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Weekend Wonk


Halloween Wonk

If you tramp the gloomy and spectral byways of Greek lore, sooner or later you will run across the tale of Erysichthon, a tale which goes back to a time when Time itself was but a swaddled suckling.

Come back with me.

Erysichthon was a bad, bad, man, brutal and arrogant. He cared for no man (or woman or child). Neither, in fact, did he care for the gods. Utterly impious, he had a penchant for gratuitous evil.

Lonely Street and Other Observations

For an Obamanista, my street--my neighborhood for that matter--is enemy territory. McCain signs all over the place. Some front lawns fairly bristle with Republican attitude: “McCain/Palin,” “Darren White for Congress,” “Steve Pearce for Senate,” “Another Family for McCain!” It’s their right, of course, but my “Obama/Biden” sign stands there like the last legionnaire, daunted but not, I hope, doomed. No one has ripped it up or defaced it. I’ll give my neighbors that.

Yellow

What started me on this color business (see “Colors”) was the generally bad reputation that yellow struggles under. Never mind that yellow can be associated with gold and sunshine and buttercups and ribbons ‘round the old oak tree. Never mind that it has become a very popular color for sporty cars lately—my late, lamented Metro convertible was a brilliant yellow. On balance, yellow has suffered a bad rep, or rap, through the centuries.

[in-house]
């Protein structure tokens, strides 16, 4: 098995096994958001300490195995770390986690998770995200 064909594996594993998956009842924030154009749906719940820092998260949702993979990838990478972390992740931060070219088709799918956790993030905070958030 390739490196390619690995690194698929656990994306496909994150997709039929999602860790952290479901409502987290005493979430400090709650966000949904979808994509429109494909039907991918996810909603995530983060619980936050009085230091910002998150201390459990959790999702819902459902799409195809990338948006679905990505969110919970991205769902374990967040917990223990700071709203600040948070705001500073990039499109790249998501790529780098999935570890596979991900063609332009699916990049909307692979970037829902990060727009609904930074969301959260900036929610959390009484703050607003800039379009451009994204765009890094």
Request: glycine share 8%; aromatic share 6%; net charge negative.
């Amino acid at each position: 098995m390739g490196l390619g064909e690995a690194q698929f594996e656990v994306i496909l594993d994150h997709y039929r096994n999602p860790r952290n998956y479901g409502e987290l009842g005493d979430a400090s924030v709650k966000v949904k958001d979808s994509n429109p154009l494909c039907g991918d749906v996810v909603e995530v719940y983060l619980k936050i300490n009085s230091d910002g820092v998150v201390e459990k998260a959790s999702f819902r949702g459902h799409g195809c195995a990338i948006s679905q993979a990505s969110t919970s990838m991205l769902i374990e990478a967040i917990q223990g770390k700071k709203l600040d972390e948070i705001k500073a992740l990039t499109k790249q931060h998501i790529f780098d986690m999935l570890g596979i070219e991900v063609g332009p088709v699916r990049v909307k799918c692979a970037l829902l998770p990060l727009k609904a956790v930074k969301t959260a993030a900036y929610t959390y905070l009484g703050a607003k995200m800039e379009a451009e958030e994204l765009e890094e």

Colors

so much depends
upon

a red wheel
barrow

glazed with rain
water

beside the white
chickens

(Wm. Carlos Williams)

The Great Irony Kerfuffle

Well, Shea is late again. I hated to interrupt the coinage sequels, and Macinstruct has been in the summer doldrums, Matt and I indulging ourselves in travel and just kicking back, relishing the welcome rain and dodging the heat. But now, like the Terminator, we’re baaack!

Pennies and Quarters and Dollars, Oh My!

Long live the penny! And live long it probably will, despite Jim Kolbe’s efforts (see “A Nickel for Your Thoughts” and “A Penny Saved or a Penny Spurned?”). The U.S. Mint says that there are no plans to discontinue it. As to what it costs to make a penny—I first said 1.4 cents and then 1.7 cents—the actual cost seems only slightly less volatile than the commodities market (which may be no surprise). At this writing, however, it does cost more than a penny to make a penny. The folks at the mint say they are always working to bring that cost down. More power to them.

A Penny Saved or a Penny Spurned?

Last week I outlined Question 1 on the AP exam: should we get rid of the penny?*

A Nickel for Your Thoughts

Empty your pocket or purse. How much change do you have? I have only 41 cents at the moment: three dimes, a nickel, and six pennies. (I had a bunch of quarters, but I washed the Little Red Beast on the way in this morning.)

I do have a point, which I’ll get to in a moment.

Dark and Stormy Night

These things always start innocently enough. I was browsing in a new reference book and came across the entry for the prolific Victorian writer Edward Bulwer-Lytton (1803-1873). The only thing noted besides his name and dates was the fact that Bulwer-Lytton is notorious for having written the worst opening line in English letters: “It was a dark and stormy night.”

Chagrin and Politics

One could argue that chagrin and politics go together like salt and pepper. More on that later, perhaps. But this chagrin—mine—arises from the fact that a week after I wrote the “Rainy Day” wonk, there came another wonderful rainy day: Sandias socked in, sky a dripping dome, and so forth. This after I had sworn to you that Albuquerque was only slightly more moist than the Atacama Desert in Chile. What can I say? Well, I’m happy to eat my words or crow or whatever else is on the menu.

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